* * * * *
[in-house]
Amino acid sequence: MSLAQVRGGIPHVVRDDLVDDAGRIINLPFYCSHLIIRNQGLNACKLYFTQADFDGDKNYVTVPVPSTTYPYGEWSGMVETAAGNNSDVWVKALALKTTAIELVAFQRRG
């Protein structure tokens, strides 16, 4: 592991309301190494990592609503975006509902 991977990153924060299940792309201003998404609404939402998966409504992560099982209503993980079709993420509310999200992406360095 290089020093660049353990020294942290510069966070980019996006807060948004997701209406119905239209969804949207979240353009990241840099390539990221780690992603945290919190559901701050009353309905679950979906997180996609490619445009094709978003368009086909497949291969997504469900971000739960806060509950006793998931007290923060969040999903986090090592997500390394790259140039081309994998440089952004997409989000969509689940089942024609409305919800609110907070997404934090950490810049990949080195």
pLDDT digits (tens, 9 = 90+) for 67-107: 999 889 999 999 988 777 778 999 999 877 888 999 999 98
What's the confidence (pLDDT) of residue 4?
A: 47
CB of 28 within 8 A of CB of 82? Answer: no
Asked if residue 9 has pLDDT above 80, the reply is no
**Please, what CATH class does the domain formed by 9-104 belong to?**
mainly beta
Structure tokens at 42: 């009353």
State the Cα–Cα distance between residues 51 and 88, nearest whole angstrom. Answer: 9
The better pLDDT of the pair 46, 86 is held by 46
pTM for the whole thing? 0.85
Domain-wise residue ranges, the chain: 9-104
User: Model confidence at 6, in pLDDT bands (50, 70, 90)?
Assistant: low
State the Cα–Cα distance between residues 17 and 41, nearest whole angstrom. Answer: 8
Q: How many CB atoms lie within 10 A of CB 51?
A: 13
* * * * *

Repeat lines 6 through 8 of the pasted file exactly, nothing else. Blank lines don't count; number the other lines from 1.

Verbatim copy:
A: 47
CB of 28 within 8 A of CB of 82? Answer: no
Asked if residue 9 has pLDDT above 80, the reply is no